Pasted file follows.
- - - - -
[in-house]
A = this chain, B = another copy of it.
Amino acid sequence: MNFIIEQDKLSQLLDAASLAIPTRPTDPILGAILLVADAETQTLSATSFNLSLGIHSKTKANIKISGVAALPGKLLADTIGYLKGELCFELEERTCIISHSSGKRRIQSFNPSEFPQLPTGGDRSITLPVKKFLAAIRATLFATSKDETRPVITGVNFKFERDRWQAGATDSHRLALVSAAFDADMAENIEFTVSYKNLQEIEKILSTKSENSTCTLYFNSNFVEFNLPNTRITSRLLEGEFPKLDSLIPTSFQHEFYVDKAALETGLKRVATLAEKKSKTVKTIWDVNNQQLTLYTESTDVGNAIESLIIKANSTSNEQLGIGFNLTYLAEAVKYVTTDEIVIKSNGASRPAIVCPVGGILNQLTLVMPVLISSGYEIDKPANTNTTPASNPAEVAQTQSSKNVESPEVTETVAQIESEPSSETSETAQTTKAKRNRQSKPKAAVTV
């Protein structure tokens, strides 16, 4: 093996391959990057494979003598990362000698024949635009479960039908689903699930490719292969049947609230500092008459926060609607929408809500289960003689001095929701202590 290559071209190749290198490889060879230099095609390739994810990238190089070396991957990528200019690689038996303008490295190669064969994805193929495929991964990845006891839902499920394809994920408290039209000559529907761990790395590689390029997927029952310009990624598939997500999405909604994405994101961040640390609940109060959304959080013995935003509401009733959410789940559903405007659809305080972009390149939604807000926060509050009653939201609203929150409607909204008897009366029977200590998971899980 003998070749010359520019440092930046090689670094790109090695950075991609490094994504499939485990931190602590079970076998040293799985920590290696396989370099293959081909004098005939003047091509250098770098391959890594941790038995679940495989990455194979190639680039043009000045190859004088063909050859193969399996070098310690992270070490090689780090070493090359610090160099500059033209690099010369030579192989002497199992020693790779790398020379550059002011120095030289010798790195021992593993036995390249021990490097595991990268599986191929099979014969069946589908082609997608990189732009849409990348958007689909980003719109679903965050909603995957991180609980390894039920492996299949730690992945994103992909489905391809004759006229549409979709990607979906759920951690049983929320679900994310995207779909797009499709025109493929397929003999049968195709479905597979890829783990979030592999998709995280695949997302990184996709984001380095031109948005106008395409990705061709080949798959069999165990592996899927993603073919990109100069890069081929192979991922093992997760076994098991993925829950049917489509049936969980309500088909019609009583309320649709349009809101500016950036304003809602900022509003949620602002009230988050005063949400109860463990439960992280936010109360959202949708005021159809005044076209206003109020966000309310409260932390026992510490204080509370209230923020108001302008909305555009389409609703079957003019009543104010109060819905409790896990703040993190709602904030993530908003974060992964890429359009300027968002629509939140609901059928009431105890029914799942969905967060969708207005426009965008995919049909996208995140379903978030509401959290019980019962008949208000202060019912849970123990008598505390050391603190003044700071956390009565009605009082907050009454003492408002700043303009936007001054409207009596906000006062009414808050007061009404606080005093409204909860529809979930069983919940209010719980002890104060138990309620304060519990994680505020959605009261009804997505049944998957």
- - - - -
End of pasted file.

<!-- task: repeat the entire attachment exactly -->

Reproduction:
[in-house]
A = this chain, B = another copy of it.
Amino acid sequence: MNFIIEQDKLSQLLDAASLAIPTRPTDPILGAILLVADAETQTLSATSFNLSLGIHSKTKANIKISGVAALPGKLLADTIGYLKGELCFELEERTCIISHSSGKRRIQSFNPSEFPQLPTGGDRSITLPVKKFLAAIRATLFATSKDETRPVITGVNFKFERDRWQAGATDSHRLALVSAAFDADMAENIEFTVSYKNLQEIEKILSTKSENSTCTLYFNSNFVEFNLPNTRITSRLLEGEFPKLDSLIPTSFQHEFYVDKAALETGLKRVATLAEKKSKTVKTIWDVNNQQLTLYTESTDVGNAIESLIIKANSTSNEQLGIGFNLTYLAEAVKYVTTDEIVIKSNGASRPAIVCPVGGILNQLTLVMPVLISSGYEIDKPANTNTTPASNPAEVAQTQSSKNVESPEVTETVAQIESEPSSETSETAQTTKAKRNRQSKPKAAVTV
């Protein structure tokens, strides 16, 4: 093996391959990057494979003598990362000698024949635009479960039908689903699930490719292969049947609230500092008459926060609607929408809500289960003689001095929701202590 290559071209190749290198490889060879230099095609390739994810990238190089070396991957990528200019690689038996303008490295190669064969994805193929495929991964990845006891839902499920394809994920408290039209000559529907761990790395590689390029997927029952310009990624598939997500999405909604994405994101961040640390609940109060959304959080013995935003509401009733959410789940559903405007659809305080972009390149939604807000926060509050009653939201609203929150409607909204008897009366029977200590998971899980 003998070749010359520019440092930046090689670094790109090695950075991609490094994504499939485990931190602590079970076998040293799985920590290696396989370099293959081909004098005939003047091509250098770098391959890594941790038995679940495989990455194979190639680039043009000045190859004088063909050859193969399996070098310690992270070490090689780090070493090359610090160099500059033209690099010369030579192989002497199992020693790779790398020379550059002011120095030289010798790195021992593993036995390249021990490097595991990268599986191929099979014969069946589908082609997608990189732009849409990348958007689909980003719109679903965050909603995957991180609980390894039920492996299949730690992945994103992909489905391809004759006229549409979709990607979906759920951690049983929320679900994310995207779909797009499709025109493929397929003999049968195709479905597979890829783990979030592999998709995280695949997302990184996709984001380095031109948005106008395409990705061709080949798959069999165990592996899927993603073919990109100069890069081929192979991922093992997760076994098991993925829950049917489509049936969980309500088909019609009583309320649709349009809101500016950036304003809602900022509003949620602002009230988050005063949400109860463990439960992280936010109360959202949708005021159809005044076209206003109020966000309310409260932390026992510490204080509370209230923020108001302008909305555009389409609703079957003019009543104010109060819905409790896990703040993190709602904030993530908003974060992964890429359009300027968002629509939140609901059928009431105890029914799942969905967060969708207005426009965008995919049909996208995140379903978030509401959290019980019962008949208000202060019912849970123990008598505390050391603190003044700071956390009565009605009082907050009454003492408002700043303009936007001054409207009596906000006062009414808050007061009404606080005093409204909860529809979930069983919940209010719980002890104060138990309620304060519990994680505020959605009261009804997505049944998957």